By Mark Montgomery, Head of Strategy and Business Development, big XYT
Over the past five years, the pace of change in the European equities and ETF markets has been almost unparalleled. This in turn is fuelling demand from the buyside community for greater transparency in the form of data and metrics in order to achieve best execution, optimise their trading activities and ultimately make better informed decisions. Yet obtaining the quality of detailed, reliable and completely independent data required to analyse market structure changes has created its own set of additional challenges, not only for the buy-side and sell-side, but also for exchanges, trading venues and even policy makers and regulatory bodies.
For many, the idea of a ‘consolidated tape’ is often the first solution that springs to mind. But would it be the panacea that firms seem to expect?
Not predicting but acting as a guide
In nearly all cases, what firms are actually seeking is twofold: 1) an independent reference of what is happening in the market and 2) the ability to gain meaningful insights from that data. In order to achieve their aims, firms will most likely need to compare a wide range of metrics that go beyond the volume and pricing data provided by a consolidated tape.
More importantly, when it comes to real analysis of how an order or group of orders performed, there’s really only so much that can be learned on trade day (T+0). It is only after the event that you can effectively begin to look at the meaning of the data in the context of trends and anomalies in order to decide whether – over time – you’re achieving your desired results.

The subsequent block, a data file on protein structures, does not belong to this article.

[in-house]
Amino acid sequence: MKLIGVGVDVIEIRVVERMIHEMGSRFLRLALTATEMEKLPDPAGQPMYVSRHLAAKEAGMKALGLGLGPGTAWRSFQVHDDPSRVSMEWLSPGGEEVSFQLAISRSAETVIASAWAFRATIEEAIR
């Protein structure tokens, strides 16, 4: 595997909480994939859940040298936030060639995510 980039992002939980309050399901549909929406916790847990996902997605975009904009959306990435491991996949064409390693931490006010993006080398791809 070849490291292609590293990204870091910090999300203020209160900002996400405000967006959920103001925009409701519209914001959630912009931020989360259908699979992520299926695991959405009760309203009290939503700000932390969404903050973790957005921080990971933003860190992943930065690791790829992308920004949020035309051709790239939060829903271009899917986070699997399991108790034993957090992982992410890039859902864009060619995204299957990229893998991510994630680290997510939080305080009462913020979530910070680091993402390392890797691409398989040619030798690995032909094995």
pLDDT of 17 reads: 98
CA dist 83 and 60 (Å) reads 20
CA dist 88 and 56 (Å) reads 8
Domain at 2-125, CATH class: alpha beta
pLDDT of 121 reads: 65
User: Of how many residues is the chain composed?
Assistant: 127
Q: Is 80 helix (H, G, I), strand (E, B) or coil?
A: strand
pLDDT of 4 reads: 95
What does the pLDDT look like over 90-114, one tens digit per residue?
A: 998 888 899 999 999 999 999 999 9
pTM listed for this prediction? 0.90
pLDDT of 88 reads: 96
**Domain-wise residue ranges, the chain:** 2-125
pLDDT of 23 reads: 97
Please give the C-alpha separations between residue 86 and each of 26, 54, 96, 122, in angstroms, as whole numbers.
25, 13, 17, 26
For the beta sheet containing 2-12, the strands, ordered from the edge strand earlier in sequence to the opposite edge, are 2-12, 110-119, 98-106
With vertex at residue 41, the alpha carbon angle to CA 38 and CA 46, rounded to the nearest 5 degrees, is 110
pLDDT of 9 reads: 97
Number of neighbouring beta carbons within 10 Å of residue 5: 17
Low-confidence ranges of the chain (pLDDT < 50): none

Market participants who want more than just the ability to track what is happening on any given day need more sophisticated tools to analyse the necessary range of market metrics for their purpose. To understand whether their orders are behaving in line with expectations, firms need to be able to analyse their trading results against the available venues for that stock, or that index, or that region; in effect, an
alternative peer group analysis, using the rest of the market as a proxy to benchmark their trading performance.
An additional benefit of having a true consolidated view of the available market metrics is that it can be used as a guide for what firms can expect in the future. In advance of trading a particular stock for instance, a user may want to look at a comprehensive historical analysis of volume and time-weighted data, in order to target their executions accordingly. This type of historical analysis can provide a valuable additional layer of pre-trade information.
Reliable and verifiable
The key to all of this is to go beyond the traditional idea of a consolidated tape, by forming a fully comprehensive view of all available data from an extensive range of market sources.
At big xyt, we recently enhanced our 250days GUI to include such data, and to provide users with the ability to filter the information they require, giving them unprecedented levels of transparency and market oversight. Our Consolidated View allows users to analyse and benchmark their performance against an extensive range of validated, independent data covering the primary exchanges, MTFs and other relevant off-exchange volumes. Users can observe changes across not only displayed liquidity, but also dark pools, periodic auctions, systematic internalisers etc, and drill down on the individual metrics they require, such as value traded, market share or spread, for example.
Although the Liquidity Cockpit has been available to our own clients (including leading firms and regulators) for the past two years, we have now taken the decision to go a step further and make the Consolidated View available for free to the whole community. We believe this will further contribute to the efficiency and transparency needed in the European equities markets and will become a valuable evolving tool to help better understand market liquidity and observe changes in market structure in
this dynamic environment.